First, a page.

Comparison and analysis of W3C UCR documents

From Dataset Exchange Working Group

Analysis of W3C UCR documents with regard to resource organisation

POWDER: Use Cases and Requirements

  • Related UCs thematically grouped according to a single common function/task --> similar to tag filter (multidimensional)
  • Link list to reqs motivated by UC
  • Similar for requirements, but with different groupings, no further links

CSV on the Web: Use Cases and Requirements

  • Plain listing of UCs, each has own ID as part of title
  • UCs link to reqs in flow of motivating scenario --> UC text immediately motivates reqs, relation becomes obvious
  • Requirements grouped primarily by acceptance level (accepted, partially accepted, deferred), explanation given by inline notes
  • There are few high-level reqs (toc references) internally split up into detailed ones (no toc reference)
  • Reqs link back to motovating UCs

Data on the Web Best Practices Use Cases & Requirements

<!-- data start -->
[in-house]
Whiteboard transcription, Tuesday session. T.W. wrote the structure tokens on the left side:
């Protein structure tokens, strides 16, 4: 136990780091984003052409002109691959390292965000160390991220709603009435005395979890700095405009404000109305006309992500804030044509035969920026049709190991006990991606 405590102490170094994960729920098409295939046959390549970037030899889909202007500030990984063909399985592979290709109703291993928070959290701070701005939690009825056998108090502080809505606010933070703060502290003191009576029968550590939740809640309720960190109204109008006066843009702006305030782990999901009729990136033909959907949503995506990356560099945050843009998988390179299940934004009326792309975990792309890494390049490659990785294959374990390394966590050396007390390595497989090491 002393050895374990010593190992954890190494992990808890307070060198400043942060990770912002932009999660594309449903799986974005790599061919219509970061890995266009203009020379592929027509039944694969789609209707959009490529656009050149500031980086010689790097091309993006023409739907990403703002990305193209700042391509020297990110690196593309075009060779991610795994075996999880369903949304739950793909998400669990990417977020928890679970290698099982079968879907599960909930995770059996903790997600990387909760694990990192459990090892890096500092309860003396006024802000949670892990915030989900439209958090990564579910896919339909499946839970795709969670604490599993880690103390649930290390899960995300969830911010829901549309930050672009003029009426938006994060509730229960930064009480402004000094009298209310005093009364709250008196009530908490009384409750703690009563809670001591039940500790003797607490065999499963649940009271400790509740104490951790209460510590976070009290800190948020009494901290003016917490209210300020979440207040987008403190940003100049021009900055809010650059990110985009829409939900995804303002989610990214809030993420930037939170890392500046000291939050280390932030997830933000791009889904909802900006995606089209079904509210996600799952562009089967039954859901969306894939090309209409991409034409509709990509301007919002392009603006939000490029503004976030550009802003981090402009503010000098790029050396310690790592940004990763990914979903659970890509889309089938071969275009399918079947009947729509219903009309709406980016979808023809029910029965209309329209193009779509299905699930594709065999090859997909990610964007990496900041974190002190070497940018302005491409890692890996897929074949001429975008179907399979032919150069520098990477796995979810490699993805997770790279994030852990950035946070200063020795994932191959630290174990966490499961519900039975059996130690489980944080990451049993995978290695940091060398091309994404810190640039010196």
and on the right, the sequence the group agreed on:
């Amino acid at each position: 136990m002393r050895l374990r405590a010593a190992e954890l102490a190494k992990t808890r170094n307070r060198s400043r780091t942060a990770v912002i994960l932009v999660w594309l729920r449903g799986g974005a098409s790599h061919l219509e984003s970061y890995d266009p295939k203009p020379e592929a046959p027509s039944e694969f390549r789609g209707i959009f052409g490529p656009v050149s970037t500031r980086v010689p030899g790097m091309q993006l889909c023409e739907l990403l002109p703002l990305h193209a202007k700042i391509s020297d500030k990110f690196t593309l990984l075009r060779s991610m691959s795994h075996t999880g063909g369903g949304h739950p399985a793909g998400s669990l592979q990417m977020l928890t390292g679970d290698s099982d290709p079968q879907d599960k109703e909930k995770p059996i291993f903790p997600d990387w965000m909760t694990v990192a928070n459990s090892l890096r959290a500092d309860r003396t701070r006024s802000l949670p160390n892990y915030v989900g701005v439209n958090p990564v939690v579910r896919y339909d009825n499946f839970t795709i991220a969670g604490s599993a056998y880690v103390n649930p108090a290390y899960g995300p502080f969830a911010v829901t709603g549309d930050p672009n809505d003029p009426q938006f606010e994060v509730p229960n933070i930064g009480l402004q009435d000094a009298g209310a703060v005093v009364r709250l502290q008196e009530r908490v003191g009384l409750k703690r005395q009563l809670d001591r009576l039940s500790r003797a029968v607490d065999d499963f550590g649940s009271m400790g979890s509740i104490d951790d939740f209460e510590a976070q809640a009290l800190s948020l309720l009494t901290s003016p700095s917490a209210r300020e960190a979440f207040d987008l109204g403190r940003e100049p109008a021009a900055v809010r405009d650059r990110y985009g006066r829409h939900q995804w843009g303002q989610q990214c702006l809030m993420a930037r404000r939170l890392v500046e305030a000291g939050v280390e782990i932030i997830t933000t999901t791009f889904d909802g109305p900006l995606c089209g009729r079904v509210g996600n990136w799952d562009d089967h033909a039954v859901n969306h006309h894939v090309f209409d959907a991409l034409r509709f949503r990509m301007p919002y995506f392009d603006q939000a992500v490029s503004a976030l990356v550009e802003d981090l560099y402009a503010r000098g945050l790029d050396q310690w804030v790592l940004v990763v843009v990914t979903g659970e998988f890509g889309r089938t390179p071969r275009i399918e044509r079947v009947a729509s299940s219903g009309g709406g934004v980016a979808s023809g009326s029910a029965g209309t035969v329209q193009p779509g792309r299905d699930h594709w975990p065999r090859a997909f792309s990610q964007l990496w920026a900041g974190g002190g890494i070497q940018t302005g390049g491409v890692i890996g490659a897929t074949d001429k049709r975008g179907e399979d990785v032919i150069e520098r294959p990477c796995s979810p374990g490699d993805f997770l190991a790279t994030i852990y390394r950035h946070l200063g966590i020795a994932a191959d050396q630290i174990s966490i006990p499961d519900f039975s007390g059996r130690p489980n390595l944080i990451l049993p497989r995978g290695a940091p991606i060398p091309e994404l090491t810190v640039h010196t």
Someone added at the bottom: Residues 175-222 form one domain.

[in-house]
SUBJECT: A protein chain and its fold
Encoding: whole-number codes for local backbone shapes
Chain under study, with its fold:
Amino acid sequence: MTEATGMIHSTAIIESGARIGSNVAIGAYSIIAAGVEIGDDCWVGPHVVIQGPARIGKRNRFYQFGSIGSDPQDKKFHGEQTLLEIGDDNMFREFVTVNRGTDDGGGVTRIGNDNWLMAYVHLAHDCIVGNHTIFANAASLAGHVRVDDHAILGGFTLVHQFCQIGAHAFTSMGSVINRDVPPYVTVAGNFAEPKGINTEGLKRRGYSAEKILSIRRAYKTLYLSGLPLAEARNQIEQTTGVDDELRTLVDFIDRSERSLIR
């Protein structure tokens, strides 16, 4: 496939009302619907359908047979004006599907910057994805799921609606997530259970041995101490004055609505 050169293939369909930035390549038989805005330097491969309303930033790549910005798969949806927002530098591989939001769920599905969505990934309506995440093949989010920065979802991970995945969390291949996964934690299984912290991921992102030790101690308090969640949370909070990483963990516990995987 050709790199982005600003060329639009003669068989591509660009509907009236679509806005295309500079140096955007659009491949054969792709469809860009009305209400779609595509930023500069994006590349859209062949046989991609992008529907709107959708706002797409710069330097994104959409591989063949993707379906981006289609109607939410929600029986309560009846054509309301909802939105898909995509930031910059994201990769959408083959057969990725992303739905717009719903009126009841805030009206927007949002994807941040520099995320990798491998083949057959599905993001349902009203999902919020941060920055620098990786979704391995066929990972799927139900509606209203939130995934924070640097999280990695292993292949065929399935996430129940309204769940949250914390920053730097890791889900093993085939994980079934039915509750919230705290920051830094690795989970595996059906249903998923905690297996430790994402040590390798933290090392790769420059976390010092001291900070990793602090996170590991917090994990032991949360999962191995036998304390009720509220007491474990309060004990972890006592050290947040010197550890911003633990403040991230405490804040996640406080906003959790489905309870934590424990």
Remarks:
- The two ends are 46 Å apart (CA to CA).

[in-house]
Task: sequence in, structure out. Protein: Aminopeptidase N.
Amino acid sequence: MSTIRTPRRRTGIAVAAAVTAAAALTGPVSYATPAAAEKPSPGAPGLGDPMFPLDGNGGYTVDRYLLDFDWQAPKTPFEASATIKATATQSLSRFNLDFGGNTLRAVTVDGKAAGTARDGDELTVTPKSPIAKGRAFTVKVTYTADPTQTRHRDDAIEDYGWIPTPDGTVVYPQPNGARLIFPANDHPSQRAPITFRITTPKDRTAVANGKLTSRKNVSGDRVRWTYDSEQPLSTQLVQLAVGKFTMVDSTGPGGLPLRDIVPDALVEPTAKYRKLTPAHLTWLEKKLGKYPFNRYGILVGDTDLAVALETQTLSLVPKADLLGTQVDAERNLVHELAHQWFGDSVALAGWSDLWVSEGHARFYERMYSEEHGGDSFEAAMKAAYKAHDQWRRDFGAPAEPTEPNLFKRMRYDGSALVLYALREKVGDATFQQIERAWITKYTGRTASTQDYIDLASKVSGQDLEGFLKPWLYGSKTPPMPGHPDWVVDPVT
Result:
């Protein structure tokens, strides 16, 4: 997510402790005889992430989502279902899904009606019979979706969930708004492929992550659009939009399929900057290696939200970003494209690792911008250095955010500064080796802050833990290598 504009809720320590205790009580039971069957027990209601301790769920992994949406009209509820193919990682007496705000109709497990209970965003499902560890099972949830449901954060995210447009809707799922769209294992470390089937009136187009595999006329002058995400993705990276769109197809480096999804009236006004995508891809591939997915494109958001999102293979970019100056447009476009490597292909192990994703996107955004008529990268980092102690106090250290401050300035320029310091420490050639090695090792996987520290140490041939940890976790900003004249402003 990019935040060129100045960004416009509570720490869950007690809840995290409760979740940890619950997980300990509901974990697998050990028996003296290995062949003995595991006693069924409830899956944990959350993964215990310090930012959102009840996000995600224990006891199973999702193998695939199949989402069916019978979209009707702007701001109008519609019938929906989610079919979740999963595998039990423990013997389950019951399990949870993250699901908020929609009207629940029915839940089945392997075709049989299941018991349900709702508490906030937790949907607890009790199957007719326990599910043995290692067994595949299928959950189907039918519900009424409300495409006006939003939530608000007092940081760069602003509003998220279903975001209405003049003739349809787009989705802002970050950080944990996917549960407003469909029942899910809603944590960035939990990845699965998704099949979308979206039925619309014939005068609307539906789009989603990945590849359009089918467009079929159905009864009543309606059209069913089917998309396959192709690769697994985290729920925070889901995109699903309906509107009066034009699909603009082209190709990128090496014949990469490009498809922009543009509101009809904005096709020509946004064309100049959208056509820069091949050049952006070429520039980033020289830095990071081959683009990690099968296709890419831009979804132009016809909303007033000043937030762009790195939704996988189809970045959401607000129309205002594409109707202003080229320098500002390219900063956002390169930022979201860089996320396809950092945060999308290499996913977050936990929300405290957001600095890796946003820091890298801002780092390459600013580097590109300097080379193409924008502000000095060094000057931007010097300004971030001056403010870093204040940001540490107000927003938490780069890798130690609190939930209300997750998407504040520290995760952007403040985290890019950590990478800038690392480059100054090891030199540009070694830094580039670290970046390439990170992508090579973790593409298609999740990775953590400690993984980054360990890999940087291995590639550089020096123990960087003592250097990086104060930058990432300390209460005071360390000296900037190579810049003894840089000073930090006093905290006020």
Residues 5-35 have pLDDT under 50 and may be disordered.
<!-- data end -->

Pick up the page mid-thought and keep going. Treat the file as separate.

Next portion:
• No UCs grouping, link list to reqs
  • Special requirement naming ("R-" prefix) --> easies the identification/search
  • Req. organisation: Thematic group > Meta-requirement > Sub-requirements
  • Req. content is very brief and focused, no notes, UC links only --> easies readability

Linked Data Platform Use Cases and Requirements

  • Document starts with informative user stories
  • "Statements about system requirements written from a user or application perspective"
  • Provide the overall rationale and describe the usage context
  • UCs are more fine grained and focused on system’s behavior (i.e. particular application of the standard in question)
  • Supports the requirement definition by specification of a primary and alternative scenarios
  • DXWG UCs mix both perspectives
  • Reqs grouped as functional vs. non-functional
  • Req. names are cryptic IDs, no labels
  • Reqs not structured at all, one-liners with a link to a single motivating UC

Use Cases and Requirements for the Data Catalog Vocabulary

  • Original UCR document by DERI
  • UCs less formal, no links to reqs, unique ID within title
  • No organisation for reqs
  • Reqs are mostly one-liners with a link to one or multiple motivating UCs
  • Reqs content is higher-level, rather corresponds to our "meta-requirements"